Chief marketing and communications officer Keith Weed told CNBC’s ‘Marketing. Media. Money’ show that Unilever is shooting virtual reality content - "especially their back stories" - for "a lot of its brands".
"Not that consumers yet have [virtual reality] but as time goes on as and when consumers have this at scale you're going to want some of this back footage," said Weed. "So we're very much seeing virtual reality as a big, big opportunity. And I think brands are going to be very much there."
This year a number of virtual reality headsets are being sold to consumers for the first time, including Facebook’s Oculus Rift and Sony’s PlayStation VR. The steep launch costs of the headsets – Oculus Rift will cost $599 – may mean large-scale adoption will not happen immediately.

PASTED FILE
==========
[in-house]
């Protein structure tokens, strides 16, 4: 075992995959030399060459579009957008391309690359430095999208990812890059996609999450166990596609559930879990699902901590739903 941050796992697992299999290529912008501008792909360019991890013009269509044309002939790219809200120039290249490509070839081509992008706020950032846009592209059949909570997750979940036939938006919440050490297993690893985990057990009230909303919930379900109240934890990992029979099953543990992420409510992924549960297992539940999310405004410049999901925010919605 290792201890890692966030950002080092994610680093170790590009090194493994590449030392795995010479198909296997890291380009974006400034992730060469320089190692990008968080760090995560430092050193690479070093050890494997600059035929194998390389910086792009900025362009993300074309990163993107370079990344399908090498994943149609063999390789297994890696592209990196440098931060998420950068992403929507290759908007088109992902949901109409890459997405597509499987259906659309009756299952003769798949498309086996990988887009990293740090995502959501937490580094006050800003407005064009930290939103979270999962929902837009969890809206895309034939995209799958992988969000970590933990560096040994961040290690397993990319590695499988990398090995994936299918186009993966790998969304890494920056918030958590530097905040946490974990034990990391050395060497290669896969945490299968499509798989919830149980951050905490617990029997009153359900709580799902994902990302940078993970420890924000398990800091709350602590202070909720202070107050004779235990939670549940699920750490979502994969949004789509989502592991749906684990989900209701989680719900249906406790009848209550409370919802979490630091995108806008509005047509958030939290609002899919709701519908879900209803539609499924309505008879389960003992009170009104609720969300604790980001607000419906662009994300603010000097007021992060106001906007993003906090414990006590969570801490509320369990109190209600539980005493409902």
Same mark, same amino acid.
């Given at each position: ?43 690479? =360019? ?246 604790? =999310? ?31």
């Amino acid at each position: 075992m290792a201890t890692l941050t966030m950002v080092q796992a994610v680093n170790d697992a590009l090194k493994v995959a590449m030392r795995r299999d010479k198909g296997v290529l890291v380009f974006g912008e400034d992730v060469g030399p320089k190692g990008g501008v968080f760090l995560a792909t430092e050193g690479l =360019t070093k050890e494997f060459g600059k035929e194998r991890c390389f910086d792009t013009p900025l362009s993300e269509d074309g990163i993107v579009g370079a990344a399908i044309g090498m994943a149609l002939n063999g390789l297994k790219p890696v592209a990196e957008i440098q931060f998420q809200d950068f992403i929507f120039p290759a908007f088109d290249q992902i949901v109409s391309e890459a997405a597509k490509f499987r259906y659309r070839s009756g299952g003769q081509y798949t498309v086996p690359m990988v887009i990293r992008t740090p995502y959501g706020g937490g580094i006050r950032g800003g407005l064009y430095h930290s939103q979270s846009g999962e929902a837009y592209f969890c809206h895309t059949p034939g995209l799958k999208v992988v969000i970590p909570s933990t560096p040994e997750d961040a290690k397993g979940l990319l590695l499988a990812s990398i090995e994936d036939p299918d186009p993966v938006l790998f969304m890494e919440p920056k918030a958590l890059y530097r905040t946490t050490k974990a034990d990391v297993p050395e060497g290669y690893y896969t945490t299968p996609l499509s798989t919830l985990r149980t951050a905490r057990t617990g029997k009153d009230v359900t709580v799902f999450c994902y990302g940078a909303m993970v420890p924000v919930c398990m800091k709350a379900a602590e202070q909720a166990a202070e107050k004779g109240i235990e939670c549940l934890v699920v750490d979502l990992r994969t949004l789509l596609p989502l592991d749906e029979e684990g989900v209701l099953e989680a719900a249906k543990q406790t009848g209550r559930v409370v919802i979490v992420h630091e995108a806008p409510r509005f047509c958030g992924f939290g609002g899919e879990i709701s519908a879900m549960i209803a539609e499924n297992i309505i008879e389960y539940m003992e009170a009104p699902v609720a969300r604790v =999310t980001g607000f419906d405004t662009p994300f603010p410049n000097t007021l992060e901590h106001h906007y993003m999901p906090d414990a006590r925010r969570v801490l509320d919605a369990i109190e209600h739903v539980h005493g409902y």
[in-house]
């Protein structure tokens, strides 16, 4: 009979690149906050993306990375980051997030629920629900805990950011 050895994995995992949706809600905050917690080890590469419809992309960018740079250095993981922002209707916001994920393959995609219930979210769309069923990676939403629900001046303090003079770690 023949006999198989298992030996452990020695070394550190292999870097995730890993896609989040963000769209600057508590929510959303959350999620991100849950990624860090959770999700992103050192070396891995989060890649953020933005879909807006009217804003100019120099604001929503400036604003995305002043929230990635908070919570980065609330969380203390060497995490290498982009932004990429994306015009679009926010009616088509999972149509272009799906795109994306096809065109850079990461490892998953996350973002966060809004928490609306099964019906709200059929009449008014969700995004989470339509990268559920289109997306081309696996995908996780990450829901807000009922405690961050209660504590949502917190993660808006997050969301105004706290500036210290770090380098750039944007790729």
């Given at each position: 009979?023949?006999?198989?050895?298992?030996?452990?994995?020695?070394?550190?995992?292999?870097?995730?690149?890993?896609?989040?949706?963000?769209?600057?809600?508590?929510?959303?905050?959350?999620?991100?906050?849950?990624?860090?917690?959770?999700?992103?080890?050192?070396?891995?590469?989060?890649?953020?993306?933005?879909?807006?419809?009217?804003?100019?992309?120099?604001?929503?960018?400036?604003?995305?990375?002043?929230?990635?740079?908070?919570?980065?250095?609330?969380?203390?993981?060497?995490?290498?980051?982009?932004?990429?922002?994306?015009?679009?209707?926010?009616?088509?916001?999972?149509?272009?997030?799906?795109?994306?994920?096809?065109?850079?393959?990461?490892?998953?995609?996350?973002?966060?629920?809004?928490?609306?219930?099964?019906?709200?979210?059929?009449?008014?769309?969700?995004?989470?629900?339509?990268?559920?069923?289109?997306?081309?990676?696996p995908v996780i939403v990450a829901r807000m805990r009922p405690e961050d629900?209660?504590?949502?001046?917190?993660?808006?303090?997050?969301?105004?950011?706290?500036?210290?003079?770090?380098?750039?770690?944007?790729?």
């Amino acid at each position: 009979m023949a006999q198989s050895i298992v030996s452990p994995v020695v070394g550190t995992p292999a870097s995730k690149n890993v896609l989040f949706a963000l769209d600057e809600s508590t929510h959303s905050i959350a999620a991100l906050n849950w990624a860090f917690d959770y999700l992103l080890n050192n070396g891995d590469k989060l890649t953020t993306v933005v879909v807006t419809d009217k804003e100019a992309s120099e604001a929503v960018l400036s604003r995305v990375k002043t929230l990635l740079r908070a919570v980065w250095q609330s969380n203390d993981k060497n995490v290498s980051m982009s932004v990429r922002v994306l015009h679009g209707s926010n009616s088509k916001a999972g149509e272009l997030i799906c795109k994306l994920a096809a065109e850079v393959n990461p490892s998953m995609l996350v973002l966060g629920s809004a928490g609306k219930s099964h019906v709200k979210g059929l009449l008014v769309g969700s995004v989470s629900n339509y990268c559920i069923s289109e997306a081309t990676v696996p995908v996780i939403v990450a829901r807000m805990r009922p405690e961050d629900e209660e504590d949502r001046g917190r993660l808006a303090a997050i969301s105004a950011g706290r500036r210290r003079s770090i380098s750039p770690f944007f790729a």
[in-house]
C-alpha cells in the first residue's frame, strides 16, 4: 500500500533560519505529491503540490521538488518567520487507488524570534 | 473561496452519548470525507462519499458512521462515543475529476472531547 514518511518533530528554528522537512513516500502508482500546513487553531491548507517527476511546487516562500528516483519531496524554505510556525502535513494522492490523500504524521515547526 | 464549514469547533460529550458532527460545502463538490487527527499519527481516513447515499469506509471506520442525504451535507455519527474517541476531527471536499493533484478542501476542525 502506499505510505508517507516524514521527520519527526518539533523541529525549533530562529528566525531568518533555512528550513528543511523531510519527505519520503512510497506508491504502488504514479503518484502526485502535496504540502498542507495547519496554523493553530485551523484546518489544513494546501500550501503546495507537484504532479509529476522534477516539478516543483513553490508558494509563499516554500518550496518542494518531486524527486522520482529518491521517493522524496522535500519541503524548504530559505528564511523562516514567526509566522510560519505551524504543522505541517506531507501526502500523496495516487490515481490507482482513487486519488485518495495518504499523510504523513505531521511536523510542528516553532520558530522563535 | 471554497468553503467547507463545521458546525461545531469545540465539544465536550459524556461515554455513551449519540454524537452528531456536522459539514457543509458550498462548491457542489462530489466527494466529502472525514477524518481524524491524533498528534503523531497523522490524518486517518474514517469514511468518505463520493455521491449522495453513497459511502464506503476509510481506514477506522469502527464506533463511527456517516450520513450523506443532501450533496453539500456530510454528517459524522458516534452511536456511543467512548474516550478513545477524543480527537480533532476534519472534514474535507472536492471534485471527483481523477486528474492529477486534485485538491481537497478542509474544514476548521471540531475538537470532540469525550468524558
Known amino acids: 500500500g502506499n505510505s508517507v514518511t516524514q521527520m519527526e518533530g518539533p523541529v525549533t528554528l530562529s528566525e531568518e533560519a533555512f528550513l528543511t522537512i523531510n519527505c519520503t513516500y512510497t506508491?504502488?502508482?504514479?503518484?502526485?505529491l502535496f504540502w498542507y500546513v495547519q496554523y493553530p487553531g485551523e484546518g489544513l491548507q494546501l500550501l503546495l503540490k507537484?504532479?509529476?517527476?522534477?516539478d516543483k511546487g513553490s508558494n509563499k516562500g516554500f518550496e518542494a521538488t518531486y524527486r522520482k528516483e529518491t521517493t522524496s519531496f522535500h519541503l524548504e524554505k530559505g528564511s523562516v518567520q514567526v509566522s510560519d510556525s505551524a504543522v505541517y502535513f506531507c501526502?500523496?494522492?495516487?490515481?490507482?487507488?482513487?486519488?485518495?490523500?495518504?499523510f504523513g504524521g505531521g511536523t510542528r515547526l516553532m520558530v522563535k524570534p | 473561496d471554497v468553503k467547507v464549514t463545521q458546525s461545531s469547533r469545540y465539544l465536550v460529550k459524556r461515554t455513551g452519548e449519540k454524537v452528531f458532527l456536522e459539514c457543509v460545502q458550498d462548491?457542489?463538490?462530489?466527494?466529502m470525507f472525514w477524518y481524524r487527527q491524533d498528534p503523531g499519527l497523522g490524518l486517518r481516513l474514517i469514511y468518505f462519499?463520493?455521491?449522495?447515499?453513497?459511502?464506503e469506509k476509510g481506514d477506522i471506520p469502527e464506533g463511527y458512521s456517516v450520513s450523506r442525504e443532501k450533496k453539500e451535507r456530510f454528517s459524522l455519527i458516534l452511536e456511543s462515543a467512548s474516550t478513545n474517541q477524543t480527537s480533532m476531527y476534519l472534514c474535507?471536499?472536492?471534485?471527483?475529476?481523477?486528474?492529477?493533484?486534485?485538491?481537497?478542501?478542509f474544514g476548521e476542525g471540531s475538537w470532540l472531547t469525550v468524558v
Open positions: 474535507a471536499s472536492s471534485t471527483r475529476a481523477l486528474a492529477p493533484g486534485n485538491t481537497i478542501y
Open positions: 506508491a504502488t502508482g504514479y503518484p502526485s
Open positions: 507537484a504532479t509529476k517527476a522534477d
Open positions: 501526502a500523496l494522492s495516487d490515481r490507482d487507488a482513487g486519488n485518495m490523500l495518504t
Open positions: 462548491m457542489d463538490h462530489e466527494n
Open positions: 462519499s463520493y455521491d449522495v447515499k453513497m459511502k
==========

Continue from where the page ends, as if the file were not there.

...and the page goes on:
However, this is not stopping companies such as Unilever seeking to get a head start on rivals. Brands including Thomas Cook and Virgin Atlantic have been experimenting with VR content in the UK.
In a wide-ranging discussion, Weed also argued social media has helped marketing rediscover its social purpose.
"We're now in a phase potentially of marketing for people and that journey I think will make marketing mobile again," said Weed. "Marketing started off by serving people [and] in the 80s it got a little bit lost with selling more stuff."
"If you go on somewhere like Vice - which is obviously very much targeted at millennials – you see Unilever brands very much present there. Why? Because we really understand the power of millennials. Our brands have stories to tell to millennials and the reason they have that is because we have brands with purpose, brands with meaning."
Weed also said that in the US and China some "35/45%" of media spend is now in digital. Nevertheless, Weed still believes in the power of television advertising.
"Television is still fantastic, we love television. If you want reach and you want to get lots of people, television's brilliant," said Weed. "And because the change is all around mobile and social, everyone's talking about that but television is not at all dead."